In our previous blog post, we discussed ways that you as an entrepreneur and your small business can give back to your community, either through charitable donations of money or resources, volunteering, or fundraising initiatives that involve your customers and employees. There are many great reasons why you and your businesses should be involved in charitable works, including strengthening the bonds between your business and the community at large, generating goodwill among existing and potential customers, and improving employee morale.

Share What You’re Doing

While any charitable giving shouldn’t be primarily motivated by self-interest, there’s no practical reason why any reputable business should keep their charitable initiatives a secret, so don’t hesitate to share what you’re doing through your blog, social media accounts, and press releases to outside media. However, there are methods of marketing your charitable actions that are more effective and tasteful than others.

The Golden Rule Of Marketing

There is one rule that should be strictly adhered to when marketing and promoting your charitable works, so much so that it could be referred to as a golden rule: never place yourself or your business at the forefront of an advertisement or content marketing strategy that features your charitable giving or initiatives. In much the same way that you don’t want to place your business or one of your products or services at the forefront of any messaging commemorating a sacrosanct anniversary or holiday, it’s never a good idea to put your business or product before a charitable group or worthy cause. While studies have shown that customers and potential customers empathize with and look more favorably upon businesses that support the same charities they care about and support, those good feelings can quickly turn to disdain or even anger if your customer believes that you are using or even exploiting the charity simply to improve the public image of your business.

Promoting Your Chosen Organizations

When you are writing and editing content marketing and other content, such as a press release, always write from the perspective that your business is honored to be working with the charity, and keep the “spotlight” on the charity and away from your business. If a charitable donation was made by the business, either in the form of a monetary donation or a donation of company resources, be sure to prominently feature quotes from the owner or chief executive of the business expressing admiration for the work of the charity. The quotes will generate empathy with an audience whose sympathies naturally align with the charity. If charitable donations were made by the employees of the business, or if employees volunteered their own time or resources to a charitable initiative, it is acceptable to shift the focus to a limited extent to your employees, as your audience can also empathize with them in ways that they can’t naturally empathize with your business.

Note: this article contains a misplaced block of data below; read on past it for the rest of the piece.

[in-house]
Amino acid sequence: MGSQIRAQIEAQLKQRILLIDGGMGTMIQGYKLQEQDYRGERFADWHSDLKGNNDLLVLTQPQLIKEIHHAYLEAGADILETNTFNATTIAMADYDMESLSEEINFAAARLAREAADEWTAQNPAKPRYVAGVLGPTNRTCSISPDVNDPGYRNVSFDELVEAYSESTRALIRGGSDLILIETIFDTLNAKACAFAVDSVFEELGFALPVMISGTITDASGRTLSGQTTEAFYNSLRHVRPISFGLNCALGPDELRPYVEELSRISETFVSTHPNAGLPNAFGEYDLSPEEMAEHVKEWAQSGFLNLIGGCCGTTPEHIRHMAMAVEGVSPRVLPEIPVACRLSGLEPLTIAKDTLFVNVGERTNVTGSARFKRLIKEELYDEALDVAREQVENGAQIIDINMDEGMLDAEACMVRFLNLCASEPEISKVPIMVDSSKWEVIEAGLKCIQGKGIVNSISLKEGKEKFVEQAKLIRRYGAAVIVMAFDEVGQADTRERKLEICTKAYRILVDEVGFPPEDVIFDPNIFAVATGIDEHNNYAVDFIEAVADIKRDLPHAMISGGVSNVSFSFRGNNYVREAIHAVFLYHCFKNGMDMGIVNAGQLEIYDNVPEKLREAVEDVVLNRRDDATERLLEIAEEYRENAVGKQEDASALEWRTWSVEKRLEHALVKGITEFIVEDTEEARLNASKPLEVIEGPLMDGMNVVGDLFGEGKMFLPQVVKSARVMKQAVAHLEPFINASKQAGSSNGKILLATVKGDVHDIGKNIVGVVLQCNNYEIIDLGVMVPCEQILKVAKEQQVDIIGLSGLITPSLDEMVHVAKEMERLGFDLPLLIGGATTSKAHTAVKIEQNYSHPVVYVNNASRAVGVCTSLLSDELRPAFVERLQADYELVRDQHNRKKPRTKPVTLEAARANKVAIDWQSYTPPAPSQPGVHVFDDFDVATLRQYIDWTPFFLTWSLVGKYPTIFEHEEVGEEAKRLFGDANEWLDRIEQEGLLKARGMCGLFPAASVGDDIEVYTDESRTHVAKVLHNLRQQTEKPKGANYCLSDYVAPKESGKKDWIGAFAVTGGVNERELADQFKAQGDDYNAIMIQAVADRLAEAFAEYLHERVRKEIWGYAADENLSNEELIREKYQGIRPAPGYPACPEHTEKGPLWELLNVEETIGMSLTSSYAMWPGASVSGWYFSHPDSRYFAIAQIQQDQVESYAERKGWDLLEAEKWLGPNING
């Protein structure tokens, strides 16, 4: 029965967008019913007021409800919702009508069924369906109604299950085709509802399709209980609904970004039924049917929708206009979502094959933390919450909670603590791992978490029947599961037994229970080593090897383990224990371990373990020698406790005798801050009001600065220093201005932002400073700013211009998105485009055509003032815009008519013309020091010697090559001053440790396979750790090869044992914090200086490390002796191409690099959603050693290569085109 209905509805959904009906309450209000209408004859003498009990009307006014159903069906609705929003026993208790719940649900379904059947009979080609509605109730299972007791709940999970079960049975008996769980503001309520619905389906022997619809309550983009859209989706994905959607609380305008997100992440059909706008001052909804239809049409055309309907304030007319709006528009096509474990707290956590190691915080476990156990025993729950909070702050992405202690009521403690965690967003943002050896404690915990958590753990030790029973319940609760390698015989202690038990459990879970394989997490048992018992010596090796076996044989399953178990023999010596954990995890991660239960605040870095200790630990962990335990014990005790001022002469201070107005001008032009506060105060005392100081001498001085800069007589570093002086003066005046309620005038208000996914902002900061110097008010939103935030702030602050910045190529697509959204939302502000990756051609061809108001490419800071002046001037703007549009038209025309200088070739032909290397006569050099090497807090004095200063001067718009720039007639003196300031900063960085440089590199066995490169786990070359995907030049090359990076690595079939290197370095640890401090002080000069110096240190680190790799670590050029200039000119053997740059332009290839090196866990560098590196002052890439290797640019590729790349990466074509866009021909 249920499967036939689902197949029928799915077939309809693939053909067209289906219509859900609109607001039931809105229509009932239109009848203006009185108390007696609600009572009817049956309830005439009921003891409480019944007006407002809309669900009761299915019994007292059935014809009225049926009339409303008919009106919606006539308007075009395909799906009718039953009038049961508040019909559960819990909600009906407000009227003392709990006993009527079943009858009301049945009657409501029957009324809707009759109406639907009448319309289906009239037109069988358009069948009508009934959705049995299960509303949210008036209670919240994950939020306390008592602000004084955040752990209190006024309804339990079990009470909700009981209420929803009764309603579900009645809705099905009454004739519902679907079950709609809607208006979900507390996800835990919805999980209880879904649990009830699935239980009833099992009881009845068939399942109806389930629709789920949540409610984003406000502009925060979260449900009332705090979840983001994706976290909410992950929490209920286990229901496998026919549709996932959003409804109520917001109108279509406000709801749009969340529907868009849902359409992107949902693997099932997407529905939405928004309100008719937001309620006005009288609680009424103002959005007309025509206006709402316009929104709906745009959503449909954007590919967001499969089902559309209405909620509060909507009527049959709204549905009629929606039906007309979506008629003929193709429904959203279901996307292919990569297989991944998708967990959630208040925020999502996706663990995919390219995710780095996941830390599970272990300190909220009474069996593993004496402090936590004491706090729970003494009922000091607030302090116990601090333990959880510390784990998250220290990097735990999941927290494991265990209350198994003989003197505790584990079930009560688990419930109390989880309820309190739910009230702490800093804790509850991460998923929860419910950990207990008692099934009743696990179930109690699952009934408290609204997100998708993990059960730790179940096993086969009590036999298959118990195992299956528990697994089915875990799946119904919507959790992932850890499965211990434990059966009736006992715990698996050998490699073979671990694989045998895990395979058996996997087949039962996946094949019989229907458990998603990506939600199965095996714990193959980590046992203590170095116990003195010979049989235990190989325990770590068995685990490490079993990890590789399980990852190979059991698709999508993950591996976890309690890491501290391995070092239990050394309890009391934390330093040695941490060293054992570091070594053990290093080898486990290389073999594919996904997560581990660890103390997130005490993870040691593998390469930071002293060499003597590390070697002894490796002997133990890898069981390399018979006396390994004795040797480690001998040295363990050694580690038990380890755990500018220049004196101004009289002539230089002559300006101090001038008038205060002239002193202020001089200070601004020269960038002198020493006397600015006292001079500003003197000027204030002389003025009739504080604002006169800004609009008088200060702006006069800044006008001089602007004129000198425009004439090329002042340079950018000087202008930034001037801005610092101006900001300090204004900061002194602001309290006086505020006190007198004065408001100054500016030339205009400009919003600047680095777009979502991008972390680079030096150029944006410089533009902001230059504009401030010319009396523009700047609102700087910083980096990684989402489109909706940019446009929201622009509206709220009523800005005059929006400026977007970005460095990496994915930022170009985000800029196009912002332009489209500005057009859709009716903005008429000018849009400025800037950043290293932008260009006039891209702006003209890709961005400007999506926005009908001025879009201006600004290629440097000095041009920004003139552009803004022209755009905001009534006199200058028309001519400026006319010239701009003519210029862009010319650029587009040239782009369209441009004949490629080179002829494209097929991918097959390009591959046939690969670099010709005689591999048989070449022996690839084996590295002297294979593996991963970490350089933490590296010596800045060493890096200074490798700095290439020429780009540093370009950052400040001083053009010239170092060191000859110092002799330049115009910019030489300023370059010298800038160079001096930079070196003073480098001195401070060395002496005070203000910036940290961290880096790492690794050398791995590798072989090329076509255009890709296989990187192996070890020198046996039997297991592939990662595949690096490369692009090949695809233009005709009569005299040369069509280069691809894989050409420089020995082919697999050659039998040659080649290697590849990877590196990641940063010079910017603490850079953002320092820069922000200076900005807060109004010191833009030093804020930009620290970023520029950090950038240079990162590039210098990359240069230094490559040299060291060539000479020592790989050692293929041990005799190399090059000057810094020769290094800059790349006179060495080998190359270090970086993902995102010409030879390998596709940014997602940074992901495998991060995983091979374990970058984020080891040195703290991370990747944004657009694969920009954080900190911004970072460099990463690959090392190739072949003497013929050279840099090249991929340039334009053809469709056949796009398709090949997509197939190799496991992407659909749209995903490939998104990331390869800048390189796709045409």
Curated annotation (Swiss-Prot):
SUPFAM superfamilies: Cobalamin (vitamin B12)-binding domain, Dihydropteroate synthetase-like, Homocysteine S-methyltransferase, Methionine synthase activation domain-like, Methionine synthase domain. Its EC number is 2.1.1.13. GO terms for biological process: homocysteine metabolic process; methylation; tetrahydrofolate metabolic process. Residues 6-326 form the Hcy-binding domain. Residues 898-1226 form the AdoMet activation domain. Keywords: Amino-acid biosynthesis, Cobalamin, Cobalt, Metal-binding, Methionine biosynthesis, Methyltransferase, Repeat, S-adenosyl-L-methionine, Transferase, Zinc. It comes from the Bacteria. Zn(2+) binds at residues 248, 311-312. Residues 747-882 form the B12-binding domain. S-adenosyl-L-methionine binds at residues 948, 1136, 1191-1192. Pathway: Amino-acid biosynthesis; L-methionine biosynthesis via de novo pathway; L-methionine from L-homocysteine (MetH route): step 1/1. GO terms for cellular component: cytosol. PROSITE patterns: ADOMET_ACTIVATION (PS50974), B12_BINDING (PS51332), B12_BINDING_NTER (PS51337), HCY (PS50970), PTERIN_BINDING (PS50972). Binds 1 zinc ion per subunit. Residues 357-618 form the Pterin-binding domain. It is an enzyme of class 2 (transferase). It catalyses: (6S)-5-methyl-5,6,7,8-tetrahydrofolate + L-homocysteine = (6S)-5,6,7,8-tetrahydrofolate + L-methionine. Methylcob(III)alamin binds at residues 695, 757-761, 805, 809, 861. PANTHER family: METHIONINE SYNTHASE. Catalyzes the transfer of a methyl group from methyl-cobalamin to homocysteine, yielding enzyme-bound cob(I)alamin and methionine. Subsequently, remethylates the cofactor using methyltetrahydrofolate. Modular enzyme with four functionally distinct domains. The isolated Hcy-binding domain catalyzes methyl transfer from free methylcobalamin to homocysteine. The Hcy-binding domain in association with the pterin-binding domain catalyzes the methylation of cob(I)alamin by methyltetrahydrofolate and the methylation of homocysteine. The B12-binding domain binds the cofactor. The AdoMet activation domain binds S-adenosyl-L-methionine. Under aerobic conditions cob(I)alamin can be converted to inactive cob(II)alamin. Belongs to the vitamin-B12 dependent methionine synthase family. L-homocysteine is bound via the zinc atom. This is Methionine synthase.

Your Audience Will Feel Motivated To Help

It is always important to remember that marketing your charitable efforts revolves around empathy. Your business is motivated by a collective sense of empathy with the charity to donate, and your customers and potential customers can begin to empathize with the values they share with your business by way of your charitable donations and initiatives. Even if your initiative didn’t include an option for your customers to participate, they still want to feel as though the option is open for them to participate, either now or in the future, and to share in the goodwill. For this reason, be sure to write your content as if you were sharing the experience of donating with your audience, and be sure to include as much information as possible about the charity itself, including what it does, where it’s located, and, most importantly, what the charity plans to do in the future. Always include contact information for the charity, and be sure to include any other information that your customers and potential customers can use to help, including specific dates for future events and campaigns.